If you are someone who googles, “Dr. Google,” for their nutrition and wellness advise, a word of caution here as well. You are not getting the full answer. Dr. Google doesn’t know YOU. Dr. Google doesn’t know your health history, your lifestyles, your genetics. There is not one answer for everyone. A supplement for Joan, will not be the answer for Jill. And purchasing any supplements on the internet or at Costco or Wal-mart, or where ever, is also asking for trouble. You might think it is cheaper, but in the long-run, you will pay costly for this mistake. Please click the link above (trouble) for more details.
What about the MLM supplement jungle?
MLMs (multi-level marketing) have become a very popular marketing method for nutritional supplements. Not all MLMs are bad. I actually use to be part of an MLM. But I quickly learned what a mistake that was. First of all, I am interested in saving my patients money while providing them a good product, therefore being part of a MLM is a contradiction to this since most MLM products are priced significantly higher in order to pay that middle-man. Plus the science behind the product is not necessarily sound. And guess what? Not all people selling MLMs know anything about nutrition and wellness, other than what the MLM company has taught them, along with their marketing angle. So, I have chosen to research various pharmaceutical-grade supplement companies that are backed by scientific research and not patronize one single supplement company, since my patients needs are varied and multi and may require options not found through one company. These products do cost more, but you can’t expect your body to run like a Cadillac, if you are using supplements purchased at Wal-Mart or Costco designed for a Pinto–Quality Matters.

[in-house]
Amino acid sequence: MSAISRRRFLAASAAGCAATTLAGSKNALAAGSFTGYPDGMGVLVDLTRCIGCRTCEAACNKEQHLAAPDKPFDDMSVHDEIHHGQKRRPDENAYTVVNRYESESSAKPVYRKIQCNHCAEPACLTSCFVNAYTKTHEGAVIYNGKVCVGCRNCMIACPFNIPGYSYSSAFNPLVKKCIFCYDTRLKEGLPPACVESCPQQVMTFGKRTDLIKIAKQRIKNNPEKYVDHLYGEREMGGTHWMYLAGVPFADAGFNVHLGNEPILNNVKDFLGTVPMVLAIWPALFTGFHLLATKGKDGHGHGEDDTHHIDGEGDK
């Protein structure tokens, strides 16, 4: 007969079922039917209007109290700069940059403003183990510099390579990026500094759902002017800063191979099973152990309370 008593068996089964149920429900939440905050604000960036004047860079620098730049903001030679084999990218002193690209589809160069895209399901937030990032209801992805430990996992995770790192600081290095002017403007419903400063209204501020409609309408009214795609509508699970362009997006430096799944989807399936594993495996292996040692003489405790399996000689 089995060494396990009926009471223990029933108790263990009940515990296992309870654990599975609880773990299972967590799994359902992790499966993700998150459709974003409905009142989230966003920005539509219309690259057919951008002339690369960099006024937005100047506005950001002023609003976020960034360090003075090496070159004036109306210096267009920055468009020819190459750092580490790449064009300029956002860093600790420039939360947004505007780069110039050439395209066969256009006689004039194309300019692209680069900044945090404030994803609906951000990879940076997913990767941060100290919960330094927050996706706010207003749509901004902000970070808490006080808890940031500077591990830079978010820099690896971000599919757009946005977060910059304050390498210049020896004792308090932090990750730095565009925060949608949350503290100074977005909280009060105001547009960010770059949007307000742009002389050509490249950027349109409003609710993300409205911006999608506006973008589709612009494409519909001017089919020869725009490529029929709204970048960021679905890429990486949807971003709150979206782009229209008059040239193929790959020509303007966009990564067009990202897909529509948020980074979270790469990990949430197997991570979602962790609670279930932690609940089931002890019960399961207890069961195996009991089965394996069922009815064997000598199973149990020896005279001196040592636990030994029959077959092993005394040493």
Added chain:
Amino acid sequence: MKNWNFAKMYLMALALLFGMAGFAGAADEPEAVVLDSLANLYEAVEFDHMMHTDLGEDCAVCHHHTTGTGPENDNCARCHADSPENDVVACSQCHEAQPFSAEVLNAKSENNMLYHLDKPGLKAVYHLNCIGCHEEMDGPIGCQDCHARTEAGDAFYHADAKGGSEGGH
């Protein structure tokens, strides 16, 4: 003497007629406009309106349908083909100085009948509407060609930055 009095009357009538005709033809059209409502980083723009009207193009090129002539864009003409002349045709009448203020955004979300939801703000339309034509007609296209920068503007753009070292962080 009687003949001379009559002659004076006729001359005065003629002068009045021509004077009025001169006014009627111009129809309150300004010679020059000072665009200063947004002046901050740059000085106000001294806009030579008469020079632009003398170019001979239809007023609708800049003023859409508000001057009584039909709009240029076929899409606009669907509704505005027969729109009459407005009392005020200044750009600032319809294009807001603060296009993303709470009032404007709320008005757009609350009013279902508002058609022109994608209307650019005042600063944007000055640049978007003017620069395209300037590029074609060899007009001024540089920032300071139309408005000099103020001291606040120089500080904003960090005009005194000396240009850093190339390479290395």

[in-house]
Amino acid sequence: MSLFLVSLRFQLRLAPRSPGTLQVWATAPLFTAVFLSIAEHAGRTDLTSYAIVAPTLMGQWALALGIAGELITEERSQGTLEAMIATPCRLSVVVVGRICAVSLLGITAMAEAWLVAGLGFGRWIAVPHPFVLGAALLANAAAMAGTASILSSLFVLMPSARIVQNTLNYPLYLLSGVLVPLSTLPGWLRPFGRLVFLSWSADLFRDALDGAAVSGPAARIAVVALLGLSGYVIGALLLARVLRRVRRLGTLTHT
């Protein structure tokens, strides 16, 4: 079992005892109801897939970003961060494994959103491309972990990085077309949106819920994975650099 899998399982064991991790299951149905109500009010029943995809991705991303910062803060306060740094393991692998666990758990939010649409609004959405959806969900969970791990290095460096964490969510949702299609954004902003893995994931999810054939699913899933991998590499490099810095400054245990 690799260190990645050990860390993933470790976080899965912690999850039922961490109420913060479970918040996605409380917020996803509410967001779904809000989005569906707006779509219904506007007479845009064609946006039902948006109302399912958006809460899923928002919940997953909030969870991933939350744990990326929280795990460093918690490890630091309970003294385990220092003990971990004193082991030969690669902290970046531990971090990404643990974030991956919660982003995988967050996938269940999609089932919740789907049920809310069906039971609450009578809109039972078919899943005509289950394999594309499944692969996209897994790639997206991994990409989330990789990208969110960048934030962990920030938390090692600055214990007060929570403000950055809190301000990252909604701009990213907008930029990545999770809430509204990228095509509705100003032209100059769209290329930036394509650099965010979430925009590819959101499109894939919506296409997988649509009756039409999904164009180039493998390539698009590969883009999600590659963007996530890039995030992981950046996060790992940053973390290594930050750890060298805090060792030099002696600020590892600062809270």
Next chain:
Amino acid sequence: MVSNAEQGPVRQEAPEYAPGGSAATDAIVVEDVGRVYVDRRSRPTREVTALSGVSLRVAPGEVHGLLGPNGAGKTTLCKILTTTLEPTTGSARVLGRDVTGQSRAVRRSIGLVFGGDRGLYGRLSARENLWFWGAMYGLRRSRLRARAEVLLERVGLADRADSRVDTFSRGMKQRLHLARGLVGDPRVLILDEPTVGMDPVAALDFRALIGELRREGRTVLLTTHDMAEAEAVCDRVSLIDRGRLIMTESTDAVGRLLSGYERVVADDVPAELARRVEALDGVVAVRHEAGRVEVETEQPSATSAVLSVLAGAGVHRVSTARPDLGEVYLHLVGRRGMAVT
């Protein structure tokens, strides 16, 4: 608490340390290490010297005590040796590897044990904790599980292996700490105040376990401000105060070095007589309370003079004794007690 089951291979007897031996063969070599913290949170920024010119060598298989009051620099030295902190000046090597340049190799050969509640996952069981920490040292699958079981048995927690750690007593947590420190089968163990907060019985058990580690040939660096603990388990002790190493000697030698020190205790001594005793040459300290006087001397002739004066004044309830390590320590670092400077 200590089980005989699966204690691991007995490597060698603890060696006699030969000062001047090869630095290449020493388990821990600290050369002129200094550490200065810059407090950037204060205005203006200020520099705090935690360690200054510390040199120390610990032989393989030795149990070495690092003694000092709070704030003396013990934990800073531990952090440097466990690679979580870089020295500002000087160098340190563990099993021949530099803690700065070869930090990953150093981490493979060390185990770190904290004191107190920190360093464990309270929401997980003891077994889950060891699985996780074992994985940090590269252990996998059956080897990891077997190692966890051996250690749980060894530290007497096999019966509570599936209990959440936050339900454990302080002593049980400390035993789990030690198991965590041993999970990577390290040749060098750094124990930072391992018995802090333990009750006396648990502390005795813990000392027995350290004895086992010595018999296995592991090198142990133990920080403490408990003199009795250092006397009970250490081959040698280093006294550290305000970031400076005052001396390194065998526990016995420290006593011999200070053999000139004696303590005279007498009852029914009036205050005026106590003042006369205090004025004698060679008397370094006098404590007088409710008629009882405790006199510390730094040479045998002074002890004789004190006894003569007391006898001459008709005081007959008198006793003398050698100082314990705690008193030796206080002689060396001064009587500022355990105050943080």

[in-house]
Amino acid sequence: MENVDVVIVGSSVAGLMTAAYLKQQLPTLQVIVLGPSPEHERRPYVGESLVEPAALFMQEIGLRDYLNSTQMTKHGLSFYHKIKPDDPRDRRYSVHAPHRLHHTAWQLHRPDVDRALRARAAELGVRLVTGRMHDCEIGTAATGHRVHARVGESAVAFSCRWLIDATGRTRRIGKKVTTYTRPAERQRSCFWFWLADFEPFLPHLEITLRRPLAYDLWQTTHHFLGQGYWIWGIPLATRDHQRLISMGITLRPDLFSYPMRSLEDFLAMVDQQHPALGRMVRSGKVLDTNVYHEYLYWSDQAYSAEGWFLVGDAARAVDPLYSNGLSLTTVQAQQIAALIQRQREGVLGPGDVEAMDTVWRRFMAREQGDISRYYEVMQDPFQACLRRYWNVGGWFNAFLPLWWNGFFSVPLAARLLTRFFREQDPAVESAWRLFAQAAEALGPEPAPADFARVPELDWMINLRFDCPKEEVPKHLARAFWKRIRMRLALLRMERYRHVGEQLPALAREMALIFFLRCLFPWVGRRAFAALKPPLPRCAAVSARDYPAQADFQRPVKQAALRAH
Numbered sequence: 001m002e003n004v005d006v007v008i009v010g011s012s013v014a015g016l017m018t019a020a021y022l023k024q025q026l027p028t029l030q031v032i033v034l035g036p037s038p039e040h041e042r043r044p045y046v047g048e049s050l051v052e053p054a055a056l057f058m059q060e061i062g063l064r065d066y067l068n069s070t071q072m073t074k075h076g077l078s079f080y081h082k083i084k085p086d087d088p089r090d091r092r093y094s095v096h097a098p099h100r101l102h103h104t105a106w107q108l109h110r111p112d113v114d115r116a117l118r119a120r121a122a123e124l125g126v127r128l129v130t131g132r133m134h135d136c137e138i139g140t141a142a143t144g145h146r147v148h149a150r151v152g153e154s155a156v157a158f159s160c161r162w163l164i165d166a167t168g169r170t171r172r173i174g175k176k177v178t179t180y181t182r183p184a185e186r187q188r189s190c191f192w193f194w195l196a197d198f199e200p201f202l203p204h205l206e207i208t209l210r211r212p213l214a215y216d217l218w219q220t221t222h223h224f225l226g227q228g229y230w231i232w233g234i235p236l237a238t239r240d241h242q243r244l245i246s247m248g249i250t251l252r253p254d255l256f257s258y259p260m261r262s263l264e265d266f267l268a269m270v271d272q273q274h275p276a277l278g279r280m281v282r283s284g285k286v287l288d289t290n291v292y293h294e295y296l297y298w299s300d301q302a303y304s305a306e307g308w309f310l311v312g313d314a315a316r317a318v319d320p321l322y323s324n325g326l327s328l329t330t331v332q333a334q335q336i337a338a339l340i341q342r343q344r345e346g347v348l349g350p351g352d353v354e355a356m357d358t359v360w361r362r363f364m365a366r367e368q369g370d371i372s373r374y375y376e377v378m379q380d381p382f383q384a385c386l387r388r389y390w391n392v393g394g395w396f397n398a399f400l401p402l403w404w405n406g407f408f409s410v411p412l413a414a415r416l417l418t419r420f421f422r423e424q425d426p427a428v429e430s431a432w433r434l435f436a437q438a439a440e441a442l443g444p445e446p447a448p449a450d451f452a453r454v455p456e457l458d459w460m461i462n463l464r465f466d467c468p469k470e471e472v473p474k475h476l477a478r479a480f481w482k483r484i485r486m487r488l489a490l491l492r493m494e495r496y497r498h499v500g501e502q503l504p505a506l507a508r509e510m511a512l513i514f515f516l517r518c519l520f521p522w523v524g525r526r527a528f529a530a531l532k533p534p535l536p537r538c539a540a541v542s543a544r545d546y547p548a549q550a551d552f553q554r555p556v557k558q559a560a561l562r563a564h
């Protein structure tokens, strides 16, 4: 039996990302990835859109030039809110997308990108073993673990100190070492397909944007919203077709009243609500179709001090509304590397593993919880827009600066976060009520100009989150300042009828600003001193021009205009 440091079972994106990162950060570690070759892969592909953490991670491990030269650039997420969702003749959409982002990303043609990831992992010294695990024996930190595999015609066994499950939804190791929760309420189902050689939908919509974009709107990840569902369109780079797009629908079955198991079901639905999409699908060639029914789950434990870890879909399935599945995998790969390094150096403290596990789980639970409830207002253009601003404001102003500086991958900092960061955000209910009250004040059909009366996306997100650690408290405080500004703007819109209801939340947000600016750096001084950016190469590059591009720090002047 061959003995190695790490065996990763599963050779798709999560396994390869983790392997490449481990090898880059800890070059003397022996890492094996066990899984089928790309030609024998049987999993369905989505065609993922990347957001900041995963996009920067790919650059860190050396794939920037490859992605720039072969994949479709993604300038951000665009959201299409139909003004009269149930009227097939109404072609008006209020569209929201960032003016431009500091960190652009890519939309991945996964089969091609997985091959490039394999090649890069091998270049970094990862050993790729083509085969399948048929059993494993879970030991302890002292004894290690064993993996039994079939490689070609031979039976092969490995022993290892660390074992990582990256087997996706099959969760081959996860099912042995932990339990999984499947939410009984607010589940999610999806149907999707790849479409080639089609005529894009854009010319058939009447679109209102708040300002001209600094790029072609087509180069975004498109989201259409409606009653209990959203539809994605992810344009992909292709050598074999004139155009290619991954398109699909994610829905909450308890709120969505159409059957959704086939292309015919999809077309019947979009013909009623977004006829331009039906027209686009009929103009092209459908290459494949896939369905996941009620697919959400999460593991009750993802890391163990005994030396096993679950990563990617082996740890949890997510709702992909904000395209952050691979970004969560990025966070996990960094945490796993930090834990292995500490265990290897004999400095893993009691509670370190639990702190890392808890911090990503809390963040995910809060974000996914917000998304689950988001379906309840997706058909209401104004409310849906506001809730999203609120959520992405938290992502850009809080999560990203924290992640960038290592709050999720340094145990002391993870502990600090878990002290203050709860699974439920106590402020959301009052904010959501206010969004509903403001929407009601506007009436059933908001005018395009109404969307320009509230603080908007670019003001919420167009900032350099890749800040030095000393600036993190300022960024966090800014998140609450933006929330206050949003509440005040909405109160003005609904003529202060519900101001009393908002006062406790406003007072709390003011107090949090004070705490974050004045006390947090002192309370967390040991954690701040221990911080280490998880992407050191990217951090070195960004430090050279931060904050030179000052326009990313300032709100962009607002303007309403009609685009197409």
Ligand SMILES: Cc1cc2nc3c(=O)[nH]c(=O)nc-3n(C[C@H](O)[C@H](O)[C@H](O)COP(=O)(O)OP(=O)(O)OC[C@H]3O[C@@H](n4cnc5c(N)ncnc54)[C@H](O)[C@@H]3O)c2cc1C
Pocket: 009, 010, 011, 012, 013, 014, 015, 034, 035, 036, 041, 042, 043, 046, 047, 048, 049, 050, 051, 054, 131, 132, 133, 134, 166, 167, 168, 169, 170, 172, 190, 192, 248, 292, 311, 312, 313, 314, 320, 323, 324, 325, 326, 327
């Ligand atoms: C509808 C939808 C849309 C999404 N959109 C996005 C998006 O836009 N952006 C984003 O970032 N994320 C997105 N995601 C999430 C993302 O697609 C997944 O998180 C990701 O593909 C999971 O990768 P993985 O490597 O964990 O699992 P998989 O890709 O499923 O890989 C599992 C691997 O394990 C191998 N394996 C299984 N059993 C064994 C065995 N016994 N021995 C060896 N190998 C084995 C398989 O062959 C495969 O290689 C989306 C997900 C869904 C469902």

About PPIs & Conventional Medicine:
In getting back to PPIs and my husband’s health condition: Our body needs acid to absorb the nutrients from the food we eat, as well as prevent pathogenic bacteria from harming us. With chronic use of antacids (that counteract the body’s normal acid production), my husband had severe nutritional deficiencies that resulted, which subsequently led to other health concerns. These nutritional deficiencies were determined through specialized lab testing (which is not something a conventional doctor orders). Believe it or not, diseases are not a deficiency of not having a cholesterol or blood pressure drug, or not having an anti-depressive drug, or not having an arthritis drug, or not having an antibiotic, or you name it—whatever drug conventional medicine wants to give you to treat a symptom. Instead, diseases are caused from the inappropriate intake or absorption of nutrients—those nutrients being vitamins, minerals, antioxidants, fiber, protein, fat, and carbohydrates.